"i was born in southern illinois in 1954. all i remember about the area is experiencing those kansas phenomena, tornadoes. we then moved to casper, wyoming, which i still call home. i have a history degree from the university of wyoming and, partially because i just wanted to keep being a student and partially because of a love of history, i went on to get a master's degree at ku, where i met dr. lynn nelson. while i did study ancient/medieval history there, i had lynn for history methods. after i graduated, i moved to cheyenne, wyoming where i held various and sundry peculiar (as opposed to odd) jobs and occasionally taught medieval history at the local air base. after a few years, i decided to get a library degree and the real job that it would help find (after a slight patriarchal push from the home front). i went to the university of denver (commuting from cheyenne) and specialized in archives and special collections, unwilling to drop my history inclinations. i applied only for special collection jobs west of the mississippi, blatantly showing my geographic biases, and landed the job i presently have--kansas room librarian at the hays public library in hays, kansas.
"our kansas room contains over 7,000 books on kansas and u.s. west history. we also have hundreds of files of articles on various topics. these resources are a great part of how i answer those questions posed on the kansas-l discussion list. i am involved with various local groups, some history related and some not. i give walking tours of the early wild west days of downtown hays for our convention and visitors bureau every summer and for school groups. i help put together an annual conference, home on the range, which deals with a different literature/history type topic each year. (blatant advertisement--this year is women in the west). i am on the humane society of the high plains board of directors and the hays arts council board of directors and have recently been added to the kansas state historical society board (nominated in large part because of the work i do in association with kansas-l and ekis).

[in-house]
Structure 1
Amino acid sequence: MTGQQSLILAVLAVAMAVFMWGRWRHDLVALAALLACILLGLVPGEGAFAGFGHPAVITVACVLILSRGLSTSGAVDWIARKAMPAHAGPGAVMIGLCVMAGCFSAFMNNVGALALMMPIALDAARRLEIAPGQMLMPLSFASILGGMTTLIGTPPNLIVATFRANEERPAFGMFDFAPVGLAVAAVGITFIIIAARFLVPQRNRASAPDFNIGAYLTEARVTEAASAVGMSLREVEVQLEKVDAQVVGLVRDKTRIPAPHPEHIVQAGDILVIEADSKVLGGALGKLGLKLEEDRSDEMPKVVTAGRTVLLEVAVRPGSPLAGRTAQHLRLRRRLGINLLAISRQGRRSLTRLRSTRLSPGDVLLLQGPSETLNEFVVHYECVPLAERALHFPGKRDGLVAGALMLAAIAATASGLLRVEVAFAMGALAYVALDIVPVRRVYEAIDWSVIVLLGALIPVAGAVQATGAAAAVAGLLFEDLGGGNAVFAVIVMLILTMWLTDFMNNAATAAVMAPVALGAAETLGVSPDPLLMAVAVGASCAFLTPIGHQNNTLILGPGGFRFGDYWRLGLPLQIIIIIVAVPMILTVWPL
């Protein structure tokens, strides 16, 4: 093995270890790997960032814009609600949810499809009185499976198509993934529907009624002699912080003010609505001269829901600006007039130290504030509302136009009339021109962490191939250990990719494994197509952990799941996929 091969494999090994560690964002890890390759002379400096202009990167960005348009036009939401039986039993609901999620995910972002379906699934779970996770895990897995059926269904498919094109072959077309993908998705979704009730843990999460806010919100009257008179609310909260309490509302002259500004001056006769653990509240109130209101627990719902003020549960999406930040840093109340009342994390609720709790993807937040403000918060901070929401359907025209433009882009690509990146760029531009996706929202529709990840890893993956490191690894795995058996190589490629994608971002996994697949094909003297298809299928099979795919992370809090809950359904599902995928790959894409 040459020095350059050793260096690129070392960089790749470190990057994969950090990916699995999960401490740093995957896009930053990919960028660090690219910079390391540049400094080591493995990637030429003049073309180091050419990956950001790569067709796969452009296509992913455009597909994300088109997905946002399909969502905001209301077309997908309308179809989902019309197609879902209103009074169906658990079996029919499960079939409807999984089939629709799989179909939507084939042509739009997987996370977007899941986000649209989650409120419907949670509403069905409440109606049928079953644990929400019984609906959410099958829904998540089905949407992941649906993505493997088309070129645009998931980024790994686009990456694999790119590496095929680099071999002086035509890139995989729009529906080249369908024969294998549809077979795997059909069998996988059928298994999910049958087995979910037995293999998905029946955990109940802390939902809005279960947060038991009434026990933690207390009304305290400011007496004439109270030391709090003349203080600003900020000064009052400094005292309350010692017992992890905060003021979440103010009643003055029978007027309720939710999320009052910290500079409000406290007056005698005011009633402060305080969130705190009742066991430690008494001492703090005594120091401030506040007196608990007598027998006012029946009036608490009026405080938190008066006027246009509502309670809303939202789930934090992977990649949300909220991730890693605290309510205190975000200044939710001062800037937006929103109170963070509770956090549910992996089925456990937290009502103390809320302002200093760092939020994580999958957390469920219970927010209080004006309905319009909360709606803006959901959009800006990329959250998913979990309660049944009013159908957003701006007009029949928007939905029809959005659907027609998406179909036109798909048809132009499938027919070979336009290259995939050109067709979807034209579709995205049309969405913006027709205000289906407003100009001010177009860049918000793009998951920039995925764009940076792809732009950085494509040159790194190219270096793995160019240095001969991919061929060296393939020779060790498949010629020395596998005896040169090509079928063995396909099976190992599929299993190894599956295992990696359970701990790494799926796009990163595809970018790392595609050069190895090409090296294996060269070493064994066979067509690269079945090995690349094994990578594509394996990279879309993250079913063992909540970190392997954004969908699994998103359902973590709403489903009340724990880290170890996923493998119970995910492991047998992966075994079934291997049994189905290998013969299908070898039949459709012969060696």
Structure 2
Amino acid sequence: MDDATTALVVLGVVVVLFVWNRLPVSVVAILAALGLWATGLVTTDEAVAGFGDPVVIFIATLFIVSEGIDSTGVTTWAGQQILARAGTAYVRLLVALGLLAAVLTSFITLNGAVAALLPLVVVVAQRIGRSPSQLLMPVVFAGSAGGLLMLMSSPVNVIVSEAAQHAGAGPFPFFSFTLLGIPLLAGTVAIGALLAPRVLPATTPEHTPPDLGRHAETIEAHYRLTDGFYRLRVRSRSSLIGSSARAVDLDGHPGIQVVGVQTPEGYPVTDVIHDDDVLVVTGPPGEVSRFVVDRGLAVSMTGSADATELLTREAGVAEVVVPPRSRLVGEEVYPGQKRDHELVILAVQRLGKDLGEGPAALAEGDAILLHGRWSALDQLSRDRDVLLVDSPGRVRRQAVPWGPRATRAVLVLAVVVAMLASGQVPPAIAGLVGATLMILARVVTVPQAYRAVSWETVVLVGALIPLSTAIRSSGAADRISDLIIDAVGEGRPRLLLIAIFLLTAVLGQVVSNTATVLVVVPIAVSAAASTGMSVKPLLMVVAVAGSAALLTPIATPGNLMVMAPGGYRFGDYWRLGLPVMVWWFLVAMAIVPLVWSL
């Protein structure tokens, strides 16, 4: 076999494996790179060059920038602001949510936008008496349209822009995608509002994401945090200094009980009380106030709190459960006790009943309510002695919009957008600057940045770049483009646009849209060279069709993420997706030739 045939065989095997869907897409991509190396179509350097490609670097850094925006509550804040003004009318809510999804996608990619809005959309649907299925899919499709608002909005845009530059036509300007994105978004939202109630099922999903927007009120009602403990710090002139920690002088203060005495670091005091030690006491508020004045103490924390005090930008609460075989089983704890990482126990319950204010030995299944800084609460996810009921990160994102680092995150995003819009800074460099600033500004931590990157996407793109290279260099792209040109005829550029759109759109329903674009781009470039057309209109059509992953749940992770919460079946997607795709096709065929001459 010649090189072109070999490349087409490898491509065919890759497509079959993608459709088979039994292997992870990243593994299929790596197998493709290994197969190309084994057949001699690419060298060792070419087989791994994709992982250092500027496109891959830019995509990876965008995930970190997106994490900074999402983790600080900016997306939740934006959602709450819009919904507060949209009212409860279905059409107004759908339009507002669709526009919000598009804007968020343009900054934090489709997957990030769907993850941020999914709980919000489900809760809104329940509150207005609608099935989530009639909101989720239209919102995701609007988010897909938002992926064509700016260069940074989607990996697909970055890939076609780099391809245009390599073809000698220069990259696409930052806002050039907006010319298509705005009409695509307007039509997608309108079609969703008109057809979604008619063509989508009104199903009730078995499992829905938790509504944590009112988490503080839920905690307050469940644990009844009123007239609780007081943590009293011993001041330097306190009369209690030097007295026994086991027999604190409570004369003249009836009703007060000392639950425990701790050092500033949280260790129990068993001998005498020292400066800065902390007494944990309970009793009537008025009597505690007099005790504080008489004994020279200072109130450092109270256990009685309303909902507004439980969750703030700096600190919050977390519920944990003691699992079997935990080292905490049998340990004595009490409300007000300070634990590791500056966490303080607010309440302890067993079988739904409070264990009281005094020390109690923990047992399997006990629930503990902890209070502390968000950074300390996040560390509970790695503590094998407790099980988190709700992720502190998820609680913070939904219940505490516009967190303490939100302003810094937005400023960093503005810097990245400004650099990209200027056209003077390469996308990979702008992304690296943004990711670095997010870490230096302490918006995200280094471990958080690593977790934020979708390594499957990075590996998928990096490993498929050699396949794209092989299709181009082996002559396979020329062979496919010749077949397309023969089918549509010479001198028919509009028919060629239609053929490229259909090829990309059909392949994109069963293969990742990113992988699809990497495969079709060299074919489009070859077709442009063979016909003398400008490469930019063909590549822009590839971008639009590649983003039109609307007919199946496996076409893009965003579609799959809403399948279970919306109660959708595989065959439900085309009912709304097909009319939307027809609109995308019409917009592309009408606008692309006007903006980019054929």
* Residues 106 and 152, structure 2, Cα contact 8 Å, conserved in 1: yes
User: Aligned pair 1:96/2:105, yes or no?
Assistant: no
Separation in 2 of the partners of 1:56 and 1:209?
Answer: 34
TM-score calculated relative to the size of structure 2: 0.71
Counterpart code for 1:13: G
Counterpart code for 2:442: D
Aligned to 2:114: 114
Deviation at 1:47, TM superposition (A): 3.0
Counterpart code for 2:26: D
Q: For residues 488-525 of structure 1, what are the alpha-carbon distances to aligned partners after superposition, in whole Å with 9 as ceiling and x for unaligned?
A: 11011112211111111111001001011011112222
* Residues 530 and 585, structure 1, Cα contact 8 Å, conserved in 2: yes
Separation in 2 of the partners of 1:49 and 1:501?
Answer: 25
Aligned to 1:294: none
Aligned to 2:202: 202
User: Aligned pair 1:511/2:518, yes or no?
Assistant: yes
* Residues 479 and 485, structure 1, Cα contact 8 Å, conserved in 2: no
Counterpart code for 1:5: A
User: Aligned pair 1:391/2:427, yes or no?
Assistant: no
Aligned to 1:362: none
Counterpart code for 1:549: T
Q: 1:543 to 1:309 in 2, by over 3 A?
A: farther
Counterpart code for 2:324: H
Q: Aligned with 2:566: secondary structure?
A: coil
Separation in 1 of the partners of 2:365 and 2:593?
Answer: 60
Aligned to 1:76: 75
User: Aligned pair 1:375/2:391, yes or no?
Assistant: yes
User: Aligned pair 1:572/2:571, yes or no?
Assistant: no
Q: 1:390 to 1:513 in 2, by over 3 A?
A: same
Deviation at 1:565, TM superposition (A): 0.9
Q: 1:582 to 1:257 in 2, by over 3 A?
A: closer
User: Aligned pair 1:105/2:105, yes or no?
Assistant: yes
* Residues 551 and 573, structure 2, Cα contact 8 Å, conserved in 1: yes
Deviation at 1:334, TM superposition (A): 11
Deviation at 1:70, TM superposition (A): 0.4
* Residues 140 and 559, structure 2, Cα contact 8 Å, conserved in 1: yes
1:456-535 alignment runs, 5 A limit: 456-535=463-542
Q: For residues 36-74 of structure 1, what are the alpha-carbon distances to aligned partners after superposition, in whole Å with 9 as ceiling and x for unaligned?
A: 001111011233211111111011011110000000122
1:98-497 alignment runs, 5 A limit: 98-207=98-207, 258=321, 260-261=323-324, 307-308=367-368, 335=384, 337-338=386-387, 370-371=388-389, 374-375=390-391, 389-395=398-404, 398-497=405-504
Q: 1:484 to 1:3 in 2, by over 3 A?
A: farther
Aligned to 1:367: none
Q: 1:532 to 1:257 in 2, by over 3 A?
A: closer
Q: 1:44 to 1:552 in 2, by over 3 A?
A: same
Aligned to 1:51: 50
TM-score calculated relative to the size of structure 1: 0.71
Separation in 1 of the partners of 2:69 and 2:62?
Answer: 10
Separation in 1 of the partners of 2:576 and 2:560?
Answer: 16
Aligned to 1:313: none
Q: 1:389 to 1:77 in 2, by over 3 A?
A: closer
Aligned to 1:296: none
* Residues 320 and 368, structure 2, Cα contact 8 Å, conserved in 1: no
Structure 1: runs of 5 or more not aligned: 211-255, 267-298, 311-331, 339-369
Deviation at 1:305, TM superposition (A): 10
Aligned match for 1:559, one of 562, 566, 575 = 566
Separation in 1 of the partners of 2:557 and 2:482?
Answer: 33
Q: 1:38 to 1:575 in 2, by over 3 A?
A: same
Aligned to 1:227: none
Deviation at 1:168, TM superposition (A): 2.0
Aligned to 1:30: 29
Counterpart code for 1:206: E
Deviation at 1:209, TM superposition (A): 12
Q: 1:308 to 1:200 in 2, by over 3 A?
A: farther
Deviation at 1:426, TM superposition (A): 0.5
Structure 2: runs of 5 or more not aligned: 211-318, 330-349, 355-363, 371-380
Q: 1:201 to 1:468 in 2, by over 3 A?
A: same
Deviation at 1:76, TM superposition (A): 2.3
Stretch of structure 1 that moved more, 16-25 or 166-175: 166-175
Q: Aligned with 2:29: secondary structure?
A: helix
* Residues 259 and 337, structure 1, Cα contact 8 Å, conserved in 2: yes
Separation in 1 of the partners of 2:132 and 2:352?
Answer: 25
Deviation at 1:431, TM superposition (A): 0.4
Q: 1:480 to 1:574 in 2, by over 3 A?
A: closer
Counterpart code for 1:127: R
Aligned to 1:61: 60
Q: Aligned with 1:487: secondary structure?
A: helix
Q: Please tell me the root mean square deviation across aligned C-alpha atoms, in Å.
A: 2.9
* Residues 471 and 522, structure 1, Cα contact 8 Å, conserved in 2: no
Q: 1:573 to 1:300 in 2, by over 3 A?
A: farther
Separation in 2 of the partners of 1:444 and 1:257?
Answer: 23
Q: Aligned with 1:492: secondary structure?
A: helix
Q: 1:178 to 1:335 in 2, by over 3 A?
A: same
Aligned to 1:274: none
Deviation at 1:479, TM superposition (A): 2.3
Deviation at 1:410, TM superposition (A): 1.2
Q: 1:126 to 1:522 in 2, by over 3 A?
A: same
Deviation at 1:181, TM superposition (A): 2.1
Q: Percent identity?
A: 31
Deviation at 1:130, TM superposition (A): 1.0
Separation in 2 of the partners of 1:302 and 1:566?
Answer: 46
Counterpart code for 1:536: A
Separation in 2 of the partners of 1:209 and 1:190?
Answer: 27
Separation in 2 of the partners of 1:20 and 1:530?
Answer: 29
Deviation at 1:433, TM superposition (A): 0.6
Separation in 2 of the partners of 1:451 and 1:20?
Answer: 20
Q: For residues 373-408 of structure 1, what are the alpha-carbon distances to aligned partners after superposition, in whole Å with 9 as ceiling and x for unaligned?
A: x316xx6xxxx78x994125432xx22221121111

"i have been active on the kansas-l discussion list for several years now. i have helped ekis put a couple of books on-line and i added the howard raynesford papers on the smoky hill trail (with great help from other volunteers) on-line. i am very proud of my association with kancoll and am impressed over what dedicated volunteers can accomplish. as through-out history, kansas once again leads the nation with information on-line due to everyone's work on kancoll and ekis."
-- mary ann thompson